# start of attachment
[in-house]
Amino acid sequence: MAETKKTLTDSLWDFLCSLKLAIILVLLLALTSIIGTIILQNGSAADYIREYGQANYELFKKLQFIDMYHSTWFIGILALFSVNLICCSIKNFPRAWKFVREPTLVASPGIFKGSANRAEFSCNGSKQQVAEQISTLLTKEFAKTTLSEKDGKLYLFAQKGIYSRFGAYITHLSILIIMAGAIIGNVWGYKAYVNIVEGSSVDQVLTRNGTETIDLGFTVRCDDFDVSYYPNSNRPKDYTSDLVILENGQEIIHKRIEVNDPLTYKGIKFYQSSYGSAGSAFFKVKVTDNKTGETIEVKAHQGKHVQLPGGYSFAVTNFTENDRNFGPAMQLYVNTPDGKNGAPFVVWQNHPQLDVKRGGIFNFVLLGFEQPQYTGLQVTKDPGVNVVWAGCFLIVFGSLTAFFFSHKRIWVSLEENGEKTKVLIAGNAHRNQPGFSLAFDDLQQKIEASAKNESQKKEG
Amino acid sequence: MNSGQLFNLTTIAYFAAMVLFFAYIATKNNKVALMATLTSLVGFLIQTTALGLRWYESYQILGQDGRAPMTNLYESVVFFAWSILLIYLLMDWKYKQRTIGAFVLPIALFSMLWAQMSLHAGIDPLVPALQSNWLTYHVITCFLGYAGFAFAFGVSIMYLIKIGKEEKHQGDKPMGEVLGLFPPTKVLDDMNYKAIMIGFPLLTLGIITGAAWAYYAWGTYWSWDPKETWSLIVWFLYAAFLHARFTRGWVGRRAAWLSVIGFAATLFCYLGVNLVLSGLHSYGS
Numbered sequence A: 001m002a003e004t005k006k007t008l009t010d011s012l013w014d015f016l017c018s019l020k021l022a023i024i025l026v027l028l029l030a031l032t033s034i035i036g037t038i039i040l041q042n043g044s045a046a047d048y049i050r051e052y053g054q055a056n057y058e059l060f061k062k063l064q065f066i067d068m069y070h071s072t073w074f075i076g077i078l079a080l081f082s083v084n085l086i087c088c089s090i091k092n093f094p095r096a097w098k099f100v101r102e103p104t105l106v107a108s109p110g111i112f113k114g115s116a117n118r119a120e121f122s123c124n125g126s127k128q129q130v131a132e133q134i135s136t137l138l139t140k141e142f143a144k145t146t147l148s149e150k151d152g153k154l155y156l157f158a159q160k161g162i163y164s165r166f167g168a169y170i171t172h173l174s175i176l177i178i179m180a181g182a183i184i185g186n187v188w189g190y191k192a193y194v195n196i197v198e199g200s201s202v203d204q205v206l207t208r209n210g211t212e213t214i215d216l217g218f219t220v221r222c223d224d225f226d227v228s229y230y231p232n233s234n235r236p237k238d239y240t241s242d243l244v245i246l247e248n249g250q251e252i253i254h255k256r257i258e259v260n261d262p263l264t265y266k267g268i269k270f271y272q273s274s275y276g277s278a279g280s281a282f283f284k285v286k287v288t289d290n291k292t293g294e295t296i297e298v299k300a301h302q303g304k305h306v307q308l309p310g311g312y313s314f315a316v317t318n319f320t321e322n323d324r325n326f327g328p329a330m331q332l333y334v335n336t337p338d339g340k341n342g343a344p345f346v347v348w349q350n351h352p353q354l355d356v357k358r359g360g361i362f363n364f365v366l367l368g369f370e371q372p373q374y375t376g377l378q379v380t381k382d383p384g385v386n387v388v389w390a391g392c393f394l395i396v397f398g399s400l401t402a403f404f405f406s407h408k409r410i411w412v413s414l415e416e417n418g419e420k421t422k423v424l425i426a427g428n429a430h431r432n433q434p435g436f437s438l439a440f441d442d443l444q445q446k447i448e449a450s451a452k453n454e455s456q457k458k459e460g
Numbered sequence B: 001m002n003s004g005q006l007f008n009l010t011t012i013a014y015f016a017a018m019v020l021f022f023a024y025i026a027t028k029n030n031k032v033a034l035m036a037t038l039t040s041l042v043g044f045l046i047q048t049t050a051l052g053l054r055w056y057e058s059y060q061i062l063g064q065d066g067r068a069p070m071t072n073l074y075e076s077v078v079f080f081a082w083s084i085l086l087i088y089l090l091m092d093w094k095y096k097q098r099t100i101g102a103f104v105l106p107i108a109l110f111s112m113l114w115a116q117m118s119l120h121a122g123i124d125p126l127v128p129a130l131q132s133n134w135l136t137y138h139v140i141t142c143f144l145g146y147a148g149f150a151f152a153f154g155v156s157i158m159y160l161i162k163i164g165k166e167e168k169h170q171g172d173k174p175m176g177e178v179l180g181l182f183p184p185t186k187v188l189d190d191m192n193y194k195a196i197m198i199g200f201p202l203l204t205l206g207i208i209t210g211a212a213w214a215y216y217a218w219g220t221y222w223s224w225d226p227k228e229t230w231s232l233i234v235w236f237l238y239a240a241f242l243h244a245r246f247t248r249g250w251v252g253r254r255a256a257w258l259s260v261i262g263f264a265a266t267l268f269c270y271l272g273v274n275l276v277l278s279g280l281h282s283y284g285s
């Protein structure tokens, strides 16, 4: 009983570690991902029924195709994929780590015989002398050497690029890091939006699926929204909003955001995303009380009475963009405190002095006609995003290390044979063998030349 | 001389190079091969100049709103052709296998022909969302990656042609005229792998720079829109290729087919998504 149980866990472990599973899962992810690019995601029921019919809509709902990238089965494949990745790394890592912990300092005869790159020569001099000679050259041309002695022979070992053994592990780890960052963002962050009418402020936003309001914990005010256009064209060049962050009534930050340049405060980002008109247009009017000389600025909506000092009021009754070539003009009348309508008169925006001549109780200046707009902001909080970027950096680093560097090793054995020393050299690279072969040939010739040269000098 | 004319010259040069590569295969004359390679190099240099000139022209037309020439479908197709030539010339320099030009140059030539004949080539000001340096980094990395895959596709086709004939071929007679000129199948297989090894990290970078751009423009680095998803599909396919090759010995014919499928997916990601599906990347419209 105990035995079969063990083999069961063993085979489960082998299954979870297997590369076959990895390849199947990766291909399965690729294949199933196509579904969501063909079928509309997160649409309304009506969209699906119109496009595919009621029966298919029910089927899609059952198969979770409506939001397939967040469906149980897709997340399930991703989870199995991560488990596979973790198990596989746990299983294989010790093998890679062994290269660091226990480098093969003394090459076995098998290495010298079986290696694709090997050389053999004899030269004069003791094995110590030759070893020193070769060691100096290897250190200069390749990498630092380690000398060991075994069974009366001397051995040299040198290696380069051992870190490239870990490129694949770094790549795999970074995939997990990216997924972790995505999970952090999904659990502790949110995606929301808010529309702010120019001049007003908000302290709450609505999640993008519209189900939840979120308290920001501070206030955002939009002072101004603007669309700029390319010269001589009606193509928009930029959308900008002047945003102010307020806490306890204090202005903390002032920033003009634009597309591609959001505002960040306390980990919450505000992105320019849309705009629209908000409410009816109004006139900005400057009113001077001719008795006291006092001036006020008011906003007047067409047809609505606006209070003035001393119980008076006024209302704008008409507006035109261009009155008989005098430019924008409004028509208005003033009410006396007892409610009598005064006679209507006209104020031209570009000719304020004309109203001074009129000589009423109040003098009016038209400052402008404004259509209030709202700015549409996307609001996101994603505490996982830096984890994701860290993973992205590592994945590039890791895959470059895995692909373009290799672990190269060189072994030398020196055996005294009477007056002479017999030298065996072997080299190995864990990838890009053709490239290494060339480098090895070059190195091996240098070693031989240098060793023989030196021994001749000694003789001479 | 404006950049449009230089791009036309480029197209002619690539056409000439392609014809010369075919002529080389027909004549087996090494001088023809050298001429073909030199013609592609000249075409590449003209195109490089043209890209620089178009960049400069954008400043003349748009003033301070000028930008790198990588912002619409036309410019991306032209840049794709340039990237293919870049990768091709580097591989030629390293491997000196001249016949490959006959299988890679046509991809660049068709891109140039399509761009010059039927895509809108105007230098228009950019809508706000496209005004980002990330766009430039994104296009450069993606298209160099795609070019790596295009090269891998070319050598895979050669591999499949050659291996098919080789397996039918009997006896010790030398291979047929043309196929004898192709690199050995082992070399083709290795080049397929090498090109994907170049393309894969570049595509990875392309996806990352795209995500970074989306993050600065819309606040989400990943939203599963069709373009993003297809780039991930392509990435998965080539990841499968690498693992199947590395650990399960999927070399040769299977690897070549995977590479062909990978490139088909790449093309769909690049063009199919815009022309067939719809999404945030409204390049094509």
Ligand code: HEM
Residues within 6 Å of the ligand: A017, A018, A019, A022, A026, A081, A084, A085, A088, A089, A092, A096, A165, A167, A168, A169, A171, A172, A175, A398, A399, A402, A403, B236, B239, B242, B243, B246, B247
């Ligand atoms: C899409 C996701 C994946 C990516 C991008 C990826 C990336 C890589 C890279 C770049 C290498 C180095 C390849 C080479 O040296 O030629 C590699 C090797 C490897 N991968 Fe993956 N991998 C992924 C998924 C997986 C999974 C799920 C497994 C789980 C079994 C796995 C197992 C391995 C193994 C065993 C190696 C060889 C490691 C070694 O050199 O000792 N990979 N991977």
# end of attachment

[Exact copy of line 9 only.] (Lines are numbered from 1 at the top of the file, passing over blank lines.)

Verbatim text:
């Ligand atoms: C899409 C996701 C994946 C990516 C991008 C990826 C990336 C890589 C890279 C770049 C290498 C180095 C390849 C080479 O040296 O030629 C590699 C090797 C490897 N991968 Fe993956 N991998 C992924 C998924 C997986 C999974 C799920 C497994 C789980 C079994 C796995 C197992 C391995 C193994 C065993 C190696 C060889 C490691 C070694 O050199 O000792 N990979 N991977």